There are parallels between the approach the administration took in passing the health care reform legislation, and the approach it seems to be taking now. In the case of the health care reform bill, the Senate had already passed a version of the bill that differed from the House version. The president and his aides adopted a strategy of having the House approve the Senate bill, and then use a technique known as budget reconciliation to pass changes to the Senate bill in both branches of Congress by simple majority vote. So the key vote was in the House to accept the Senate version of the bill. Even though there was a large Democratic majority in the House at the time (near 60% of the seats), many Democratic members knew they were likely signing their walking papers by voting for the bill. Obamacare was unpopular in the year it was debated, and in the years since has never received majority support in any opinion polls. Close to 40 Democrats did not support the health care bill, but enough did vote for it to have it narrowly pass in the House. In the congressional elections later that year, Democrats lost over 60 seats and their majority in the House, largely due to voter anger over the Obamacare legislation, including the fact that it passed on a straight party line vote without any Republican support. Unlike all other major changes to domestic policy -- the adoption of Social Security, Medicare, and Medicaid, which all gained bipartisan support, the Obamcare bill was viewed as having been jammed through Congress without the same broad support.
The president and his top White House aides, such as Ben Rhodes, have made it very clear to members of the party in the House and Senate, but also to activists around the country, that the Iran deal represents a foreign policy legacy for Obama similar to the significance of the passage of the health reform bill in his first term, his key domestic policy "achievement." And increasingly it appears that if the president's deal is to be sustained, he will again rely solely on the votes of Democrats. Among the 247 Republican House members, and 54 Republican senators, there may be a total of two or three who are uncommitted on the Iran deal, and pretty much everyone else is expected to vote no. Assuming Republicans can persuade their undecided members to join the rest of the GOP caucus in opposing the deal, the president's hopes will again, as with the health care reform bill, depend on his ability to keep members of his own party in line.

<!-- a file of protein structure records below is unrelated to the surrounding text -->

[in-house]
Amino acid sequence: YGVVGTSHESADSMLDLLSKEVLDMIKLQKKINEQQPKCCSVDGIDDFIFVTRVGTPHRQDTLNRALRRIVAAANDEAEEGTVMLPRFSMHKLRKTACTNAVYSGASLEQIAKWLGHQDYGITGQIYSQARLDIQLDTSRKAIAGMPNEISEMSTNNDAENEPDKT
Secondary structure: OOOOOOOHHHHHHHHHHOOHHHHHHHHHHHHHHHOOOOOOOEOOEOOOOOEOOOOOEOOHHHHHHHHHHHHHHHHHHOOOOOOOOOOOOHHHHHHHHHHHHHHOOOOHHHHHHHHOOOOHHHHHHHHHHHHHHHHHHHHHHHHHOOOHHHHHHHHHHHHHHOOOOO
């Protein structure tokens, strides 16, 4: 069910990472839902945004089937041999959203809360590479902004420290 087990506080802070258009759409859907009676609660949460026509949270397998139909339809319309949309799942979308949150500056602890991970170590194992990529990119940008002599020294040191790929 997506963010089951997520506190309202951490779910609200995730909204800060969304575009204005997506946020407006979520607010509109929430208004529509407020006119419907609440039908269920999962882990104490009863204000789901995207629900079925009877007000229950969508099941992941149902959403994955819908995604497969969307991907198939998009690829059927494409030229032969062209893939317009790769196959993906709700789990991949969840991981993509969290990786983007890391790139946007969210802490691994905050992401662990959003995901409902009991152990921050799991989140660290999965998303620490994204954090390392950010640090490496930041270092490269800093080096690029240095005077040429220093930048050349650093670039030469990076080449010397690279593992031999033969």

So far, the president's effort, as well as other members of the administration, has been almost singly focused on House members. This suggests that the administration expects that on an initial vote, both the House and Senate will vote down the Iran deal. That rejection will then be vetoed by Obama, and then there will be a vote to override the veto, requiring a 2/3 vote in both the House and Senate for the opponents to be successful. The lobbying of House members suggests that the administration is more confident that it can persuade House members than senators to stick with him and defeat the override vote. Senators run for their seats every six years, and have to win statewide. Many Senate races are competitive, and they are always expensive. Most House members, on the other hand, run in districts where the outcome is pre-ordained -- with comfortable margins assured for Democrats in some districts, and for Republicans in others. Perhaps 15% of the House seats -- 60 to 70 of the 435, are truly competitive in a wave year, where there is a big shift for one party, as occurred towards the Democrats in 2006 and 2008, and towards Republicans in 2010 and 2014. As a result of the fact that senators need a broader appeal to win statewide than most House members do in their districts where they tend to win comfortably, senators tend to be a bit more independent and less straight party line than House members. A plea for party loyalty to back the president will resound more with House Democrats than Senate Democrats. This is also the case due to the racial makeup of the Democratic caucus in each branch of Congress. There is only one Hispanic and one African-American Democratic senator, but close to 70 House members from the two groups. African-American House members, in particular, have circled the wagons to protect the first black president on every key vote so far since he was elected. They have been very outspoken -- accusing Republican opponents of challenging him mainly because of his race. This is a preposterous accusation, since there are sharp policy differences between the Obama administration and Republicans in Congress which would come out whatever the race of a Democratic president with Obama's agenda.